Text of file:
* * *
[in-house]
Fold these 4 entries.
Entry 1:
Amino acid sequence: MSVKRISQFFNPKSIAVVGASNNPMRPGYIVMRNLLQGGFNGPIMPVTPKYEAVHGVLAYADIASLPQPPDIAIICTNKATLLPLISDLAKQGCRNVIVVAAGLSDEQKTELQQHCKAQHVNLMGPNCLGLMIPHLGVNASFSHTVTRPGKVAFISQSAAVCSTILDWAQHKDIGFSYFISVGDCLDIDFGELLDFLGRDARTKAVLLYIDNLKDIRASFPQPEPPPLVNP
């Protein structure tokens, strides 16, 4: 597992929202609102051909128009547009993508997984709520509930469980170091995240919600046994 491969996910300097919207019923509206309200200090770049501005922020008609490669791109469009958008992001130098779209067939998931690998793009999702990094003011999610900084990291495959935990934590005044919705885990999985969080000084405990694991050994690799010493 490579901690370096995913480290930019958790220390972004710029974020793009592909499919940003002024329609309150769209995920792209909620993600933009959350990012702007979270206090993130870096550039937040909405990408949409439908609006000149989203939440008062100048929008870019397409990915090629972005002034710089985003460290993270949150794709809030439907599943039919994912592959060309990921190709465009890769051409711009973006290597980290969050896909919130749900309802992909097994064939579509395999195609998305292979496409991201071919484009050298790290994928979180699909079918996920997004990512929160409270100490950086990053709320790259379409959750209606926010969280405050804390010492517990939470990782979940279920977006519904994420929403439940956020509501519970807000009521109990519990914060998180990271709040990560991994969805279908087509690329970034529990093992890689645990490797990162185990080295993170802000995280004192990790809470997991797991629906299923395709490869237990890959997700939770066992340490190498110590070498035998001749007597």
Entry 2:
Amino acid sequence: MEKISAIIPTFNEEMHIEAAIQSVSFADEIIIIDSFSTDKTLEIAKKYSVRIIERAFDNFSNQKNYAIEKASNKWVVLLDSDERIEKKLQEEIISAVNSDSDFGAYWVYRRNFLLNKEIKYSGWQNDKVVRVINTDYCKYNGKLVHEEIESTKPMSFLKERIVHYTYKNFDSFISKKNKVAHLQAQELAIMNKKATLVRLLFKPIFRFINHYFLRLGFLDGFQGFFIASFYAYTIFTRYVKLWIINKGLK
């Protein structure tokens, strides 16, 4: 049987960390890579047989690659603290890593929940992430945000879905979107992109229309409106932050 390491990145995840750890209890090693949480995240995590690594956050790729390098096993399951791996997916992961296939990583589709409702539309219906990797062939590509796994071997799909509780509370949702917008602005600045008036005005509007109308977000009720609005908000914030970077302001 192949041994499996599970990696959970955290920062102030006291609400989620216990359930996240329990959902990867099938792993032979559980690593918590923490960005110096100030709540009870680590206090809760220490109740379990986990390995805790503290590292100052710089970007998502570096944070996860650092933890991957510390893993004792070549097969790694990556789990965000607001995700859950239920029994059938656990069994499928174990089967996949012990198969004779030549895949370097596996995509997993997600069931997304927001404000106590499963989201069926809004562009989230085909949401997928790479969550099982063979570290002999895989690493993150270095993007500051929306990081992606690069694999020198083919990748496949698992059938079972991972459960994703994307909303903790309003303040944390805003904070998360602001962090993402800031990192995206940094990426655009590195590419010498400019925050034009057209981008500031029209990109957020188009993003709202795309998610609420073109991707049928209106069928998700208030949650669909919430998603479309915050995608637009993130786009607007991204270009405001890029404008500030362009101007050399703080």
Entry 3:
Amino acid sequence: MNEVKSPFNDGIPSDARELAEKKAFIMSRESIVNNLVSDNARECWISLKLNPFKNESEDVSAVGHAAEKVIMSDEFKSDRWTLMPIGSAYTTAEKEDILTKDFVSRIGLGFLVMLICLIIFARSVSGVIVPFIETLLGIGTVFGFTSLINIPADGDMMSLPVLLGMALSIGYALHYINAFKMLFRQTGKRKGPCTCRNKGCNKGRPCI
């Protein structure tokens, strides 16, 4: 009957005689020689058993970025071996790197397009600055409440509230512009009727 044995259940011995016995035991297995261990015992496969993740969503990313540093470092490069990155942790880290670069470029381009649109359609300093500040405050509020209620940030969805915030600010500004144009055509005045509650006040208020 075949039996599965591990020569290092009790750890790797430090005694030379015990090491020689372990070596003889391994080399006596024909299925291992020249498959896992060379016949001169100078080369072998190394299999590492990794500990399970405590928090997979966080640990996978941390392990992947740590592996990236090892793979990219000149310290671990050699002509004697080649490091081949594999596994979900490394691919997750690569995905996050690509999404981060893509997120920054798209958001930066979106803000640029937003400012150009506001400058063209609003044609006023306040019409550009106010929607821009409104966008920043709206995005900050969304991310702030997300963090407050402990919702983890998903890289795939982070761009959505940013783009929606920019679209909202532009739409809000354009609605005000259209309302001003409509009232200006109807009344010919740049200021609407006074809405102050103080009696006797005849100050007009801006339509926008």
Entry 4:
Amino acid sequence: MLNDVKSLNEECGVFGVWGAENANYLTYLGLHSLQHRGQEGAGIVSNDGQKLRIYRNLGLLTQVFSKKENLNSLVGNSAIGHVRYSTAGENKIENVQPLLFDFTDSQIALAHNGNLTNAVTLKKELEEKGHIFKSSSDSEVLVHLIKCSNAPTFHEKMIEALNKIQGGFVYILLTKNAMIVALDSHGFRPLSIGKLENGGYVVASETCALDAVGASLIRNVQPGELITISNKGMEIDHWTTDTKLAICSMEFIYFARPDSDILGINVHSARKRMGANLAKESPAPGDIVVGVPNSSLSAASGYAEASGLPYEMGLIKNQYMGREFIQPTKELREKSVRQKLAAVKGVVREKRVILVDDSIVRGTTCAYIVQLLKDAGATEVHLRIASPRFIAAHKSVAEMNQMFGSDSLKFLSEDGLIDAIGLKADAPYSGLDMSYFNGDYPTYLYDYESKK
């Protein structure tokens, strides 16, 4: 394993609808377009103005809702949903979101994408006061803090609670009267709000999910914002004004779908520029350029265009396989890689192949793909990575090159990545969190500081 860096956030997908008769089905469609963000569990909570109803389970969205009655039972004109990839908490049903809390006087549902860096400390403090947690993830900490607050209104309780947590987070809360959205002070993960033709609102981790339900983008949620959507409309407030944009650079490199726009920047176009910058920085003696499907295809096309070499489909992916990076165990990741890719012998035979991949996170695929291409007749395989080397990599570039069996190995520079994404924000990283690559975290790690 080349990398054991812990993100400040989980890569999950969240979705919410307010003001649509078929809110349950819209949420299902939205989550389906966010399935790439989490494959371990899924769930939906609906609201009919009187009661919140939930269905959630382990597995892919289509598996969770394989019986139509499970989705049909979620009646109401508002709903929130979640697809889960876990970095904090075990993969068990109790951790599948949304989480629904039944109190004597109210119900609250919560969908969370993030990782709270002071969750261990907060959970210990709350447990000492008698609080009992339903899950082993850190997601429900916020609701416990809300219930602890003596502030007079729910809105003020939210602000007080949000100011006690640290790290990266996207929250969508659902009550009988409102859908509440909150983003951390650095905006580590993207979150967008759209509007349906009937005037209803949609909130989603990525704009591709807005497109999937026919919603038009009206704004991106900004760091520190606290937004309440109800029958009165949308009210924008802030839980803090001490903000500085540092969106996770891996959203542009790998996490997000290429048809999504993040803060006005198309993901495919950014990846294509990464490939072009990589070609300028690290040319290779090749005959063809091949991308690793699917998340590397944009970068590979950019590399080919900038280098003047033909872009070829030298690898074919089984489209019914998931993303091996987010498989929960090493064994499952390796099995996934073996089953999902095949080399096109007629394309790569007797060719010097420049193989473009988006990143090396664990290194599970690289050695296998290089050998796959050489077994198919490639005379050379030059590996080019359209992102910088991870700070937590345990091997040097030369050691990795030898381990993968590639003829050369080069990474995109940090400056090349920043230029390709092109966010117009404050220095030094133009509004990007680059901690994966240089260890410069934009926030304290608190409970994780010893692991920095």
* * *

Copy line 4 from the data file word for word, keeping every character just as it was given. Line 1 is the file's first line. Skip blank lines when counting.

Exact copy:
Amino acid sequence: MSVKRISQFFNPKSIAVVGASNNPMRPGYIVMRNLLQGGFNGPIMPVTPKYEAVHGVLAYADIASLPQPPDIAIICTNKATLLPLISDLAKQGCRNVIVVAAGLSDEQKTELQQHCKAQHVNLMGPNCLGLMIPHLGVNASFSHTVTRPGKVAFISQSAAVCSTILDWAQHKDIGFSYFISVGDCLDIDFGELLDFLGRDARTKAVLLYIDNLKDIRASFPQPEPPPLVNP